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Lege Artis Medicinae

MAY 20, 2017

[The impact of telemedicine on the development of doctor-patient relationship based on interviews conducted among physicians]

BÁN Attila

[Introduction - The doctor-patient relationship has always been an essential part of health care, however, in parallel with the integration infocommunication technologies in health care the doctor-patient communication is also transforming. Therefore, the aim of the study is to examine the effect of telemedicine on this relationship. Methods - During the study, we applied qualitative research methods and a total number of 58 semi-structured interviews (45 men, 13 women) were conducted among physicians having experience in telemedicine. The majority of the interviewees were radiologist, general practitioners, and internists. The interview questions concerned that what characterises the doctor-patient relationship in telemedicine. Results - The interviews pointed out that in teleradiology the doctor-patient relationship depersonalises and almost terminates. In this respect, the problem is often the incomplete clinical information about the patient. In turn, telemonitoring can bring a quality change in the doctor-patient communication and through remote contact the patients’ satisfaction, the sense of security, and the doctor-patient relationship will be further enhanced. Conclusions - In accordance with the academic literature - based on the research results - there is no clear evidence that telemedicine would affect doctor-patient communication only positively or only negatively. In some areas of telemedicine, this relationship is reducing (e.g. teleradiology) while in other areas it could be fur-ther strengthened (e.g. telemonitoring).]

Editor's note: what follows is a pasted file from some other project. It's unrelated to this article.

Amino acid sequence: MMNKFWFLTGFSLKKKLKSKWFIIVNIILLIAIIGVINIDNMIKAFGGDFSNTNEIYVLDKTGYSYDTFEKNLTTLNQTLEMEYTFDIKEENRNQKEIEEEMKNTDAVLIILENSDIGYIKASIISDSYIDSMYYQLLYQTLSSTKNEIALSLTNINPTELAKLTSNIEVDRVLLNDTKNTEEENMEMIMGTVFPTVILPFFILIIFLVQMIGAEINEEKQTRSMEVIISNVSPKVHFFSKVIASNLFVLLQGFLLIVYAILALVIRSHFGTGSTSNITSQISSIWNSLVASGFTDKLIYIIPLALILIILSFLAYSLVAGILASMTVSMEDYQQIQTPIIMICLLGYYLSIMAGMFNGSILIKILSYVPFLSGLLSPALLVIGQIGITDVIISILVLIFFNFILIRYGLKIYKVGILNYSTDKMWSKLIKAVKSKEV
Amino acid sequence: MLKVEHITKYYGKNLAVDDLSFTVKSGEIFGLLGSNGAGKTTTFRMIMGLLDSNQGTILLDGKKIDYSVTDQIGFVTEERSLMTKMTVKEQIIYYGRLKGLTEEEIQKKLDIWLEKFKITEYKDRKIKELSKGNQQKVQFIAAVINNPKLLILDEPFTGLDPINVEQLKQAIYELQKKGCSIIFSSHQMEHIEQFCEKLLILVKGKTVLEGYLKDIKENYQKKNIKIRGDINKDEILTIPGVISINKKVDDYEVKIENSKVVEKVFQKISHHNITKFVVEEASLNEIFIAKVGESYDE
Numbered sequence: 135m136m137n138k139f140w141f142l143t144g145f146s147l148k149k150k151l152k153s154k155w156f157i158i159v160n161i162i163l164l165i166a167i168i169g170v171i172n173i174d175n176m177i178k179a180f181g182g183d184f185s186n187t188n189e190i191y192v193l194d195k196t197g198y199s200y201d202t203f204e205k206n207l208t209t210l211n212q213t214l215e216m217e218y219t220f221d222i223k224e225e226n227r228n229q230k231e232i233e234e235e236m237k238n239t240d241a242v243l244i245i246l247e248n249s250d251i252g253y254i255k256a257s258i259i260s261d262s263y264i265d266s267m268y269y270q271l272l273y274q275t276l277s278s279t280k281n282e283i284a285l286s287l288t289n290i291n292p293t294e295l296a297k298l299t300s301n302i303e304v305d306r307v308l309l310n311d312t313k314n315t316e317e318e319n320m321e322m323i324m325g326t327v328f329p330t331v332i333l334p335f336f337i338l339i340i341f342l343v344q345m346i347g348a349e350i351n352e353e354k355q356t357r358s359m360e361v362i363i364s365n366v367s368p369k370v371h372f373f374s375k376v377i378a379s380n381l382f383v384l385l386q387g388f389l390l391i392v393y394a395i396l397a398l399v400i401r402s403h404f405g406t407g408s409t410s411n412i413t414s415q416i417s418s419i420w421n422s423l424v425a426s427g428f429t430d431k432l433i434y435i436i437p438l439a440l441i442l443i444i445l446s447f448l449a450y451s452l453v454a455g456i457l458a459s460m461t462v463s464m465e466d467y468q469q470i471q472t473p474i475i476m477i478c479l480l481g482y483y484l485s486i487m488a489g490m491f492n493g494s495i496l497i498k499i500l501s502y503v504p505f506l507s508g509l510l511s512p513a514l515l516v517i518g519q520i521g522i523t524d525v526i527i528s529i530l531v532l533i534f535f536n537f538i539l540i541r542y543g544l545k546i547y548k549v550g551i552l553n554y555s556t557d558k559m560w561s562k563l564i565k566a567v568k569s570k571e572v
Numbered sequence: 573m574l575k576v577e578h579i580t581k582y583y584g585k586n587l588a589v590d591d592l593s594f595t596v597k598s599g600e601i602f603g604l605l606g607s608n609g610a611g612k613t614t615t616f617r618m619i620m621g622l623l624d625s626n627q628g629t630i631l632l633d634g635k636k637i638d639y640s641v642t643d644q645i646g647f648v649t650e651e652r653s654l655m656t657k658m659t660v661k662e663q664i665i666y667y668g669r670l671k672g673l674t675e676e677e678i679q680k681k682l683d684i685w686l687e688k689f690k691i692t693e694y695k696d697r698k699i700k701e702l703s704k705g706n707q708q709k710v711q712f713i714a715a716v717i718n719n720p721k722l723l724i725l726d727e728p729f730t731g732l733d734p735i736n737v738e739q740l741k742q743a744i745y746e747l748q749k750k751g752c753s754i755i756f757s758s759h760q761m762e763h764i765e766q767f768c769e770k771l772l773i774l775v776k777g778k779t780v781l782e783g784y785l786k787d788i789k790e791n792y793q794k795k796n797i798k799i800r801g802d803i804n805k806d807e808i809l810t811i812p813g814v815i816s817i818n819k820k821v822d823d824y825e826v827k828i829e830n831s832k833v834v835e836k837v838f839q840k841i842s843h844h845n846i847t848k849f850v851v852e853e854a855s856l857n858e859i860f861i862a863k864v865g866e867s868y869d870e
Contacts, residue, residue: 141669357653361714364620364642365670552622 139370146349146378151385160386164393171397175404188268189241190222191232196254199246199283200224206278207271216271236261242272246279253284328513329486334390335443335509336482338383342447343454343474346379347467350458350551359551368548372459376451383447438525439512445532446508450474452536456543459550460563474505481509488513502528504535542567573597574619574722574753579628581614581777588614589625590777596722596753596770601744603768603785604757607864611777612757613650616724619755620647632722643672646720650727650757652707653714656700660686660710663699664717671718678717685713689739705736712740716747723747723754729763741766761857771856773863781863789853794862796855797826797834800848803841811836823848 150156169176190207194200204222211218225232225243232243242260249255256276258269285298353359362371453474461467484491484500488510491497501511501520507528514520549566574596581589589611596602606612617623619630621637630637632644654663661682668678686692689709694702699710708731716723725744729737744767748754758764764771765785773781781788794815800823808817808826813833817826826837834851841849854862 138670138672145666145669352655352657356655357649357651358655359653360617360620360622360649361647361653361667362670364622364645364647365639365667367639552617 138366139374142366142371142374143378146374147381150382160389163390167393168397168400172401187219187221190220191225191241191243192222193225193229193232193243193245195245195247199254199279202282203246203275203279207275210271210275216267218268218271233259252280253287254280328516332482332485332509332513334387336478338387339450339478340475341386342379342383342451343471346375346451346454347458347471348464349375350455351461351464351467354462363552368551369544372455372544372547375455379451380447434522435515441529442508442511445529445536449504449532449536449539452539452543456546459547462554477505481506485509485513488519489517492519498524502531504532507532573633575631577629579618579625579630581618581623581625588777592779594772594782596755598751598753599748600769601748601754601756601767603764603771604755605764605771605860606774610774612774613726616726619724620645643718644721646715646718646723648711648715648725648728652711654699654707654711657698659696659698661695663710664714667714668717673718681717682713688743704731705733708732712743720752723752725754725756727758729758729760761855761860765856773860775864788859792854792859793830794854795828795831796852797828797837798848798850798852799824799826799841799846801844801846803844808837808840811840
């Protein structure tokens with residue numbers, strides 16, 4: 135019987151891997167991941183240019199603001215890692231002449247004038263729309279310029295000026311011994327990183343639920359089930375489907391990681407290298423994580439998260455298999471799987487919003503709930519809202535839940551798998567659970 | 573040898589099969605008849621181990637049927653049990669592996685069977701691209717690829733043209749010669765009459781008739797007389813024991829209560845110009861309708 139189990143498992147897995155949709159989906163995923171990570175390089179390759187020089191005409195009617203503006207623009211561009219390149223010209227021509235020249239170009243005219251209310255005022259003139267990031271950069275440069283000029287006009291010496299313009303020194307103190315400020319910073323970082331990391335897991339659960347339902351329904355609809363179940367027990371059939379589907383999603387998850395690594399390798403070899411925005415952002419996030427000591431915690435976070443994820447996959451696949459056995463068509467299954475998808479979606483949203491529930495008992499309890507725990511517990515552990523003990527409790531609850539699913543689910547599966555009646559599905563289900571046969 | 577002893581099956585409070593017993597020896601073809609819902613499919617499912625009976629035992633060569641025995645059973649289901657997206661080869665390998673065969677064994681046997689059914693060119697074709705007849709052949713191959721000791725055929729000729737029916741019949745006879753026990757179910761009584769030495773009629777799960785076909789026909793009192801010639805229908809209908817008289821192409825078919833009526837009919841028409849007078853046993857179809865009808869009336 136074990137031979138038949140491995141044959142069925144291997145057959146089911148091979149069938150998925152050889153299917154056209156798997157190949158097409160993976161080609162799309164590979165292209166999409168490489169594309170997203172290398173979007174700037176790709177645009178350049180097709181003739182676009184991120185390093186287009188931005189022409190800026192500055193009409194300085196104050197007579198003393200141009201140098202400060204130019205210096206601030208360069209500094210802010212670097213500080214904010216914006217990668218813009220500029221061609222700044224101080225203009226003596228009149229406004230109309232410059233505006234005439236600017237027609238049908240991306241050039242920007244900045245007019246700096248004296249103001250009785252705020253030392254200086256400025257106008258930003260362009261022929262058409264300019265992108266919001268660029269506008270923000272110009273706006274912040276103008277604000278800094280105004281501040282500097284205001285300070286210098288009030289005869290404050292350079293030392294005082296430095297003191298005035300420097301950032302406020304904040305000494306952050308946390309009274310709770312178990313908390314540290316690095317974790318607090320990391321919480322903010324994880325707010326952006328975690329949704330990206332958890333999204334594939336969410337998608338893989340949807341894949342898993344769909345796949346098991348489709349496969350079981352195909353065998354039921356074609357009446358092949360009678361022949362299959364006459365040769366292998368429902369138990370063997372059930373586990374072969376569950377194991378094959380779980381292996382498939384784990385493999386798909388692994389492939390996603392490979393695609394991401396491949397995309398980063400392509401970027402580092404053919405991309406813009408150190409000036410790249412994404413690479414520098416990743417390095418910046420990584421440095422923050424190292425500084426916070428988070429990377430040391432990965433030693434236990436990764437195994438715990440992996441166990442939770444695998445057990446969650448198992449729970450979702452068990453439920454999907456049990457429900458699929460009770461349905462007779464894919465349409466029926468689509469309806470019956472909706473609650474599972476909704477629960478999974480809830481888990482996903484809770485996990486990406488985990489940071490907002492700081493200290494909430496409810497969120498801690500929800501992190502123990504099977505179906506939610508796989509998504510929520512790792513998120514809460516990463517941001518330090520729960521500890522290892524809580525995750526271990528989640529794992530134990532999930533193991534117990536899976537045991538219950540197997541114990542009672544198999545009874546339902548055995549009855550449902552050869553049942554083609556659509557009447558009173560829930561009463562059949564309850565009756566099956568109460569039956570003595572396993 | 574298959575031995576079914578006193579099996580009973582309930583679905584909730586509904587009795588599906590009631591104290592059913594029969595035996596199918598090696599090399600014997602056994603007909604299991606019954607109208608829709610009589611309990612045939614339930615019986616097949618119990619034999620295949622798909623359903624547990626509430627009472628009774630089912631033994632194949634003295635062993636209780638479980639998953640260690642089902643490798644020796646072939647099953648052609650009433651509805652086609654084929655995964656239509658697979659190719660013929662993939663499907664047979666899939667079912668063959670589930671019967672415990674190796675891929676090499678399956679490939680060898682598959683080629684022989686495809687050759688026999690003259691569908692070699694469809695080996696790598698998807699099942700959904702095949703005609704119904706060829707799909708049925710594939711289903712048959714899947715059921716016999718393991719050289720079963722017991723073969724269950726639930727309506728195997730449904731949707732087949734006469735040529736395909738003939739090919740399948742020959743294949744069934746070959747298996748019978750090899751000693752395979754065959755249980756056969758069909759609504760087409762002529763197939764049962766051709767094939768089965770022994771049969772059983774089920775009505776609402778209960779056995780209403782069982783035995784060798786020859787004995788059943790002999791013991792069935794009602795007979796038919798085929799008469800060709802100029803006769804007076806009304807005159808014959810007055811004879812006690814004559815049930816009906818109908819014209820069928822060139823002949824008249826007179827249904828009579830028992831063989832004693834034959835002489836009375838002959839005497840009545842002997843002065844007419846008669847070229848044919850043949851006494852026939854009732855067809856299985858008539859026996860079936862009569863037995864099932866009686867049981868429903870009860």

Hungarian Radiology

DECEMBER 27, 2010

Hungarian Radiology

MARCH 20, 2007

[Teleradiology - opportunity or threat?]

PALKÓ András

[Teleradiology - as a result of recent developments in digital imaging and informatics - appears to be a technology potentially responding to many challenges in the field of diagnostic radiology. It may help in the centralization of service, in the support of emergency care, and in the more accurate diagnosis of cases requiring special skill. Outsourcing of imaging diagnostic reporting activities may solve human resource problems and may decrease wage expenditures. Nevertheless teleradiology exposes also some difficulties (human and technical aspects) which we should recognize in time for being able to protect ourselves.]

Hungarian Radiology

AUGUST 20, 2003

[Our experiences with the use of phosphor plate X-ray system and PACS]


[In this study the experiences, the advantages and disadvantages of a full digital radiology department are presented. The conventional radiology and the spot films of gastroenterologic studies are exposed on phosphor plates since 1999 at our department. Two work-stations are used for making the reports and six viewing-stations are installed at distant departments. A central server organizes the data and pictures flow and the archive system consists of magnetooptical discs in a juke-box. The conventional X-ray methods are fully integrated in the system. The number of hardcopies is dramatically decreased. The clinicians may easily access the images on the viewingstations. Possibility of teleradiology and teleconsultation is integrated in the system. The quality of the examinations is improved and became uniform. The images of different methods (CT, fluoroscopy) are stored also in digital format. The disadvantages are the high cost of installation, a new workflow and reporting habits must be initiated. A problem of one element can cause the breakdown of the whole system. The new technics, the digital world forces us to develope and define new technical standards in order to obtain uniform quality.]